The Start.
It was soon apparent that the fastest cars in the race were Druck's Amilcar, the two Cabans driven by Giraud Cabantons and Vernet, Treunet and Metals' B.N.C.'s and the big Sandford driven by its maker. At the end of the first hour Trennet and Giraud Cabantons had both covered 20 laps, while the two other Cabans driven by Vernet and Roger Labric and the big Sandford all had 19 to their credit. During the second hour Giraud-Cabantons, last year's winner, gradually drew ahead, and by 8 p.m. had a lead of a lap on his team-mates, Vernet and Labric, who in turn had gained a whole lap on the Sandford. The leader continued to run remarkably regularly, covering 20 laps an hour, and at 9 p.m. had scored 60 and was a couple of laps ahead of his nearest competitor.
At about half past nine de Latour's Sima-Violet caught fire on the straight stretch past the timing box, and although the driver got out unscathed the car was put out of the running. About half an hour later Bourgier's Darmont-Morgan burst a tyre at almost the same spot and left the road. Here again the driver was fortunately unhurt, but his machine was wrecked.
The Caban Leads.
At the end of the fourth hour Giraud Cabantons was one down on his schedule, having covered 79 laps, but he was still comfortably in the lead, and Bernet, Labric and Sandford having dropped back somewhat, Druck's Amilcar and Violet's Huascar were now second with 76 laps. During the fifth hour, however, Giraud Cabantons again managed to cover 20 laps, and Labric passed Violet, so that the Caban position looked healthy, although Druck on the Amilcar was still second. Although it was now 11 p.m. the night was beautifully fine and a large crowd of spectators continued to watch the cars circling the course in the darkness.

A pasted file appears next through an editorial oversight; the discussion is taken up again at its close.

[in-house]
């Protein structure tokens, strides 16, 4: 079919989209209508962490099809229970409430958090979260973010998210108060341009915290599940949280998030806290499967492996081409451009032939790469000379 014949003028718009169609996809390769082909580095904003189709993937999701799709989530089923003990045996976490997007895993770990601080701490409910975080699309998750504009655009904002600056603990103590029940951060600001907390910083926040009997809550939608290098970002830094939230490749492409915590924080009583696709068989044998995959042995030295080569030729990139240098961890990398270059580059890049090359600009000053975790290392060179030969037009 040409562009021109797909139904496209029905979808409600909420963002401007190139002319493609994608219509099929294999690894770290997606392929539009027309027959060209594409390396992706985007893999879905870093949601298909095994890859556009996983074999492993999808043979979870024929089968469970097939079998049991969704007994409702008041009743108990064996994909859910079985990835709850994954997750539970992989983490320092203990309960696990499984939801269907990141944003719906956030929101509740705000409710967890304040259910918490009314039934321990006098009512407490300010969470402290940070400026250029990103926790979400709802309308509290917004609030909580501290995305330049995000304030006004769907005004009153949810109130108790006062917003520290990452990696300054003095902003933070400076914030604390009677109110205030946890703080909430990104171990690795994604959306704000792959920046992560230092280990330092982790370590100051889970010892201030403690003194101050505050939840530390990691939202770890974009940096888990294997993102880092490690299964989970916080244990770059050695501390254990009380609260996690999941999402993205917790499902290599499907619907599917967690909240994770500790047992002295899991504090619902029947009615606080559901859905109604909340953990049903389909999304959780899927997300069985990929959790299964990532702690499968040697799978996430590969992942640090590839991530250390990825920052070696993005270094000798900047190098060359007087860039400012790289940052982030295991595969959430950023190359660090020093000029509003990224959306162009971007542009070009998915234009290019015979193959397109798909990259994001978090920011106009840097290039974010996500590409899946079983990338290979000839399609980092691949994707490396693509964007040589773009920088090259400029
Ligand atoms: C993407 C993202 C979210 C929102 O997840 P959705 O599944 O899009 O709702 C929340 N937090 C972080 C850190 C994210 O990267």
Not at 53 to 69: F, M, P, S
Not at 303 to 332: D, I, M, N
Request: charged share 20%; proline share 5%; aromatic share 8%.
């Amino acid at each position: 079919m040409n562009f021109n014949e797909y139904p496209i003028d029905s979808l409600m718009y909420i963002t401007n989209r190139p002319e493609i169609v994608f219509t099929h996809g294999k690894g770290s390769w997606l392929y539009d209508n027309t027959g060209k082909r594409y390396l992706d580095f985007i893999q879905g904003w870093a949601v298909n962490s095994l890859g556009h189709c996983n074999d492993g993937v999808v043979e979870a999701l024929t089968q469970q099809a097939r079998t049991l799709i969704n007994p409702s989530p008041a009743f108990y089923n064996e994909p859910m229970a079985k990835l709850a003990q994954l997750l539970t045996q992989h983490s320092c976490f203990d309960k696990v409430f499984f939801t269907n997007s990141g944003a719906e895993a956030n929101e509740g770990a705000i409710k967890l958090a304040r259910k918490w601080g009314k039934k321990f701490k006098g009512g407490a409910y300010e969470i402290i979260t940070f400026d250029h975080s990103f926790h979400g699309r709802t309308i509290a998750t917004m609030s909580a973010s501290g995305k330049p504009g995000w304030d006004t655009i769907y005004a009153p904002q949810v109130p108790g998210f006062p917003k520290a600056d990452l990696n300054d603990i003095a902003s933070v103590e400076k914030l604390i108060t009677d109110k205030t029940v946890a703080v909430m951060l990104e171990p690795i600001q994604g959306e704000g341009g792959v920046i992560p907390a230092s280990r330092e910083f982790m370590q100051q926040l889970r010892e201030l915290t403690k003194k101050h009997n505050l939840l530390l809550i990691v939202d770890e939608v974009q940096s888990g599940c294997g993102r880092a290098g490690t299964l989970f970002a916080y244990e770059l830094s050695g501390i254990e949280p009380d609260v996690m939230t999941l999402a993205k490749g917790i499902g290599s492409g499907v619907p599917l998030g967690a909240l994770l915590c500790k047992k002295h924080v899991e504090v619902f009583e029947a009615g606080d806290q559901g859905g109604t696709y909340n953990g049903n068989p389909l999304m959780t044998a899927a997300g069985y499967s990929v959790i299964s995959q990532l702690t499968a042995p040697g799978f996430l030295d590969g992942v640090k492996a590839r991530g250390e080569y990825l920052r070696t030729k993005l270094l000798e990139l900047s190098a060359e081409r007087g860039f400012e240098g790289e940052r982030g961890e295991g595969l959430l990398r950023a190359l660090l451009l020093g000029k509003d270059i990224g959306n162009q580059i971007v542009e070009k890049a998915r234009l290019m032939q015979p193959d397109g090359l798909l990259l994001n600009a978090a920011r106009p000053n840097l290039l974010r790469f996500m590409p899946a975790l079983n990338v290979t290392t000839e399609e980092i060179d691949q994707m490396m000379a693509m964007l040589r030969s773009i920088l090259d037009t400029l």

Giraud Cabantons again put 20 laps into the sixth hour, and at midnight, when one quarter of the race had gone, he had a lead of half a dozen laps over Druck, his nearest competitor, with Violet and Judet on the B.N.C. third with 112 laps to their credit.
During the early hours of the morning a light rain began to fall, but this seemed hardly to trouble Giraud-Cabantons who continued serenely. His team-mate Labrie, however, and Druck on the Amilcar had both disappeared from the race, and Violet on the Huascar was now an easy second with Vallon who was also running in the 1,100 c.c. sports division on a Corre La Licorne, third. The race now looked like a certain thing for Giraud-Cabantons, until suddenly at about 11 o'clock, in the morning, he drew up at his pit, and after working on his car for some time finally withdrew. This let Violet up into the lead, and at midday on the Monday he had covered 328 laps against the 323 completed by Giraud-Cabantons before his retirement. Vallon on the Corre la Licorne, the second man still in the running, had still only covered 322 laps, while Bourvier on the Tracta was third with 314 to his credit. During the afternoon the cars continued running with few incidents of note, and promptly at 6 o'clock in the evening all the competitors were stopped. Violet and the other class winners were thereupon given a great ovation, and Cheret who had driven the smallest 3-wheeler in the race, was specially applauded as he had also ridden throughout the 24-hour motor cycle the day before.